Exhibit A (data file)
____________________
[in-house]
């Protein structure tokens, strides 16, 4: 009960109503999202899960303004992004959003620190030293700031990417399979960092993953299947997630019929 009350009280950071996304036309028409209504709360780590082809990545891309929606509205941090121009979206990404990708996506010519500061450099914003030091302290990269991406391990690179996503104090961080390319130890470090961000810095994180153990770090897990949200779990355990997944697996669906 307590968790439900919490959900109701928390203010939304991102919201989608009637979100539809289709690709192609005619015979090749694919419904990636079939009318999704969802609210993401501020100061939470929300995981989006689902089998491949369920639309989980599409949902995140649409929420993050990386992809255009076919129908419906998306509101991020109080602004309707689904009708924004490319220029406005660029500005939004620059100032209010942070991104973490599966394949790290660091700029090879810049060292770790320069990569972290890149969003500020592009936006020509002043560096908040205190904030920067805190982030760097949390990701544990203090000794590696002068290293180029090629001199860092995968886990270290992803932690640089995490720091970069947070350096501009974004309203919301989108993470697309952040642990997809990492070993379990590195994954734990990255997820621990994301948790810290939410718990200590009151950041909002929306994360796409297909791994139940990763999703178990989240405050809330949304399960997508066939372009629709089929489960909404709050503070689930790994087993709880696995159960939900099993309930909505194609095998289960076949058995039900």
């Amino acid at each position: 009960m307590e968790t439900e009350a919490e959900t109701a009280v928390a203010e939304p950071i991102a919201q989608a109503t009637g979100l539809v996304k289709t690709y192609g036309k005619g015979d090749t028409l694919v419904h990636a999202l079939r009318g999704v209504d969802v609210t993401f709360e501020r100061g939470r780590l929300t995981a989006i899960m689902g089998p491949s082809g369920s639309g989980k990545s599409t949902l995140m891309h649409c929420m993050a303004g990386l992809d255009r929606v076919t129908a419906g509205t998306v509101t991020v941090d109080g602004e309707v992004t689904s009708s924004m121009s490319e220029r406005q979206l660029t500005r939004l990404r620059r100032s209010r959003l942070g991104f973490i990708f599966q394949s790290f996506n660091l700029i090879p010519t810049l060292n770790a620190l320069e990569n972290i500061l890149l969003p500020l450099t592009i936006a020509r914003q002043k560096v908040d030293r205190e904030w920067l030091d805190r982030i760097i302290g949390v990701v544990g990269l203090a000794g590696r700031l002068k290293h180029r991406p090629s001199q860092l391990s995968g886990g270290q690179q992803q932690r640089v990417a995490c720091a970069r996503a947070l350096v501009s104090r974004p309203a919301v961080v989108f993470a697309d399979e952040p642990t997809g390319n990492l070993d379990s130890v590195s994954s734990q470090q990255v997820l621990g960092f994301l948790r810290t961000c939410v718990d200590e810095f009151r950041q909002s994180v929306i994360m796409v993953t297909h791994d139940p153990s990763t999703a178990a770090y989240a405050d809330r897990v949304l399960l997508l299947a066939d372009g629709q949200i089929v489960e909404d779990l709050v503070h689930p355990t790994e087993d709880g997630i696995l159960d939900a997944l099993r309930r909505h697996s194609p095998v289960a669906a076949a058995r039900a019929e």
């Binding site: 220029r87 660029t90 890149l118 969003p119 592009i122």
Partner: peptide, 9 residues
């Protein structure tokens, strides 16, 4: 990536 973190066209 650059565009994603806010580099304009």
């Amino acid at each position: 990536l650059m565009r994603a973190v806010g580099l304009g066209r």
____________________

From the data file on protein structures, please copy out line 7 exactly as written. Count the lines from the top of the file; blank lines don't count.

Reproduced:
């Amino acid at each position: 990536l650059m565009r994603a973190v806010g580099l304009g066209r």